It’s summer in the tranquil coastal town of Angel Beach, Oregon, but not everyone is enjoying the surf. Harlie Cates is caught in a sea of catastrophes. One of her homeless charges has died, her food bank may be forced to shut down, a reporter suspects she’s the missing ex-wife of a wealthy philanthropist, and her gorgeous new neighbor is threatening to have her arrested for stalking him. One more problem and she’s going under for the last time. 
Country music superstar Clay Masterson isn’t interested in dipping his toes in the cool Pacific. He’s on the trail of his supposedly dead father, who is wanted for murder in Montana, and the grapevine says he’ll find him in the vicinity of Angel Beach. For a guy with a famous face, hunting on his own isn’t easy. When he discovers Harlie isn’t a stalker, he enlists her in the search and soon finds his heart making discoveries of its own. 
The current shifts when details in a local murder match the Montana murder case. There’s no sign of dear ol’ dad and Clay is beginning to look like a suspect. Harlie knows the truth, but a promise has her struggling to stay silent. Whether she talks or not, someone will be sacrificed, and it may be Harlie who is in the most danger of all.

About the author:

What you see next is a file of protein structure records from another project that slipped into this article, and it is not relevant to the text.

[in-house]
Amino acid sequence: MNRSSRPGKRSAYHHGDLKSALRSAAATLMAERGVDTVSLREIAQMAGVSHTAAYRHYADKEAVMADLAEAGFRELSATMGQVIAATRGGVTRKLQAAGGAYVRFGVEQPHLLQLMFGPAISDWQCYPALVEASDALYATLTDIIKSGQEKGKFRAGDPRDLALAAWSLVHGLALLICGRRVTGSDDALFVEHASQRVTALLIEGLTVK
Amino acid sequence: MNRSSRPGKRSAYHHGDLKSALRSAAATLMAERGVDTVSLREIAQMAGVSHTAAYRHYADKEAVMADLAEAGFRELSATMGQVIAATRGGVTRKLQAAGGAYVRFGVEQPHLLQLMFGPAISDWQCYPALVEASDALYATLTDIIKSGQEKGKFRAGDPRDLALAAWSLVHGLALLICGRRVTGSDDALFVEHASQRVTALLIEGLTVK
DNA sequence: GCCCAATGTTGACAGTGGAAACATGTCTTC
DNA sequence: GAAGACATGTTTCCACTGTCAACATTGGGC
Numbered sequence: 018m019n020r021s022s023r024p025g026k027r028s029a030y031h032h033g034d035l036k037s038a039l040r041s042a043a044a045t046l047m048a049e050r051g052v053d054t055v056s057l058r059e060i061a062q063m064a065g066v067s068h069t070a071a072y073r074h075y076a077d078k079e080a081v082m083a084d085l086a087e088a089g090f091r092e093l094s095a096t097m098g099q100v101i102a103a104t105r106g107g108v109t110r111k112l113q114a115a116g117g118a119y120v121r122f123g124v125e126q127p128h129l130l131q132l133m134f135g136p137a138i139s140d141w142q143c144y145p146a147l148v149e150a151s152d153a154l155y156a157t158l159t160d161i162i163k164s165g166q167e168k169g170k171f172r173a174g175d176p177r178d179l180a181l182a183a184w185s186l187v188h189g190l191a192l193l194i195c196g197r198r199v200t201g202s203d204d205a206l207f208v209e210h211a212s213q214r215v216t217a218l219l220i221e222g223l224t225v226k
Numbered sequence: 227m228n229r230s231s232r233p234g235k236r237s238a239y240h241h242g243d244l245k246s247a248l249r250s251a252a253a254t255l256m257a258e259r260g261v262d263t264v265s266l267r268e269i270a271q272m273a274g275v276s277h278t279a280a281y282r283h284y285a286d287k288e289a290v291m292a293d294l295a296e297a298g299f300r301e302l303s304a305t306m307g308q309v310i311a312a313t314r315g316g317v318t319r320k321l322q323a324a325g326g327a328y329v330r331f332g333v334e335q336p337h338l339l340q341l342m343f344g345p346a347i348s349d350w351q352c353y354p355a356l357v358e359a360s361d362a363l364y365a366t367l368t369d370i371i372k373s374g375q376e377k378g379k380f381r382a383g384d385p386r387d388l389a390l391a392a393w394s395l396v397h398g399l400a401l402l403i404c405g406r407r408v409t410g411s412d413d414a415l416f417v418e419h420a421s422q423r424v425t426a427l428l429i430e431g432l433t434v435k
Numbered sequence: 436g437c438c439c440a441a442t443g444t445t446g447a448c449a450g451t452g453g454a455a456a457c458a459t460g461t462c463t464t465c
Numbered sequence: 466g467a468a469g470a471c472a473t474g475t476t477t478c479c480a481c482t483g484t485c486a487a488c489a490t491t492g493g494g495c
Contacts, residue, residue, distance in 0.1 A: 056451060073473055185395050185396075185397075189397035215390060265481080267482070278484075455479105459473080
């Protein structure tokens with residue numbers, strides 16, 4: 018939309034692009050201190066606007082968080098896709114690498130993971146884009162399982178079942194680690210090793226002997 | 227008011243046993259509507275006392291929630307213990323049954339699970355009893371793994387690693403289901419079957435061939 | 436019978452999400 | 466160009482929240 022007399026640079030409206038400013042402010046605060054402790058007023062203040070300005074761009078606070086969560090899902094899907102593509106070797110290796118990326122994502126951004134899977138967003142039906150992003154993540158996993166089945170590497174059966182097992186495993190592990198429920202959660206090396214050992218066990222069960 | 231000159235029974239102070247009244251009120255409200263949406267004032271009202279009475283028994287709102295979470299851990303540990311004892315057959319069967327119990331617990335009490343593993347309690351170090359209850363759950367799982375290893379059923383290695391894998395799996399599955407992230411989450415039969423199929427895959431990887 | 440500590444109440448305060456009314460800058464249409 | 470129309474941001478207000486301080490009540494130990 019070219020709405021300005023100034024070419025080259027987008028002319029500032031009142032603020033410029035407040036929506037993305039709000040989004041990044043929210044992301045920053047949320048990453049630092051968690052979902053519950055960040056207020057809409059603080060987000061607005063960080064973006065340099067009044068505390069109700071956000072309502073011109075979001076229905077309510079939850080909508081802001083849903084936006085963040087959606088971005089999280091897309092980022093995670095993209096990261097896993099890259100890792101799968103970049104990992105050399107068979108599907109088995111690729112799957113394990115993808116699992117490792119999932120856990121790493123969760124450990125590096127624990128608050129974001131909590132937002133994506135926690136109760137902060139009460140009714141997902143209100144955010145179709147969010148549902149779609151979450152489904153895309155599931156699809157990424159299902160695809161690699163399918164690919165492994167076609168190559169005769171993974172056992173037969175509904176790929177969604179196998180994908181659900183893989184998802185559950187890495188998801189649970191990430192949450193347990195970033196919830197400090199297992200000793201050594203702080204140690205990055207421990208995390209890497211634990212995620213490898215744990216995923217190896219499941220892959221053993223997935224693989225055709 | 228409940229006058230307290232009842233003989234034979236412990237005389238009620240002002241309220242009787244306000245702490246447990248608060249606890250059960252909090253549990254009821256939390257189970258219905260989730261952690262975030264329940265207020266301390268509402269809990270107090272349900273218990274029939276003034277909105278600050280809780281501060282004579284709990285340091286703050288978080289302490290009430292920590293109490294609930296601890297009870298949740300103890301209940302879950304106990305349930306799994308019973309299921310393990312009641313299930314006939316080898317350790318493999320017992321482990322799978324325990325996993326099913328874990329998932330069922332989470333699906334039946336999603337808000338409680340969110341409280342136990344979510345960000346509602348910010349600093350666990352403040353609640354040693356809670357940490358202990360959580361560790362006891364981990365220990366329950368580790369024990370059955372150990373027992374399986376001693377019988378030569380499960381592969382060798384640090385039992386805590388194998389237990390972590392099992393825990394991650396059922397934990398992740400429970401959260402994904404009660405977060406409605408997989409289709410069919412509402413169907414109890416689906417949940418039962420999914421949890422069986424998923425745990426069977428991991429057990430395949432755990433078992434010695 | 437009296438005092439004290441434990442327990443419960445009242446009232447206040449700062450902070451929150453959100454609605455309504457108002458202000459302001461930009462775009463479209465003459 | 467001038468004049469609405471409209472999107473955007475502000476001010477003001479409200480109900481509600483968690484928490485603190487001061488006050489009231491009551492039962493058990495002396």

Sharleen Scott writes contemporary romance/mystery/suspense and women’s fiction. Her debut novel, Caught in Cross Seas, was published in May 2014. Caught in the Spin, the second book in the series, is scheduled for release in the fall. Sharleen is a member of Romance Writers of America and Indie Romance Ink. Her former career as a travel agent introduced her to fascinating and romantic locales she could draw on for her books. 
Her present position as a rural mail carrier keeps her firmly planted in reality, a situation her imagination does its best to thwart. Sharleen lives in the beautiful state of Washington with her husband, Brett, and their two college kids. 

Tuesday, September 9, 2014

Wednesday's Writer Shout Out - Guest Author Michele Drier

Today I'm handing over my blog to author Michele Drier who has something very pertinent to say on the subject of reviews, as well as some great reviews to share.

Who Has a Review?

In every old movie about Broadway, there’s a scene when the cast and author wait until four a.m. with bated breath for the early editions of the New York newspapers.

Critics who came for the opening night rushed back to their offices and wrote reviews that everybody believed could make or break the play.

There are still critics and there are still newspaper reviews...and some of them may make or break a play, but there’s also the morass of reviews for books.

If you have a big publisher, they’ll print ARCs (Advance Reading Copies) and send them to big newspapers, magazines and review sites a few months before your book hits the sales venues.

Some rave reviews will probably make it onto the book itself before going to print. This is the hype that gets your book noticed, picked up, read and with luck onto a Best Seller list.

There are other reviews though that help or hinder a book in the sales wars, and these are from readers, smaller review sites, bloggers.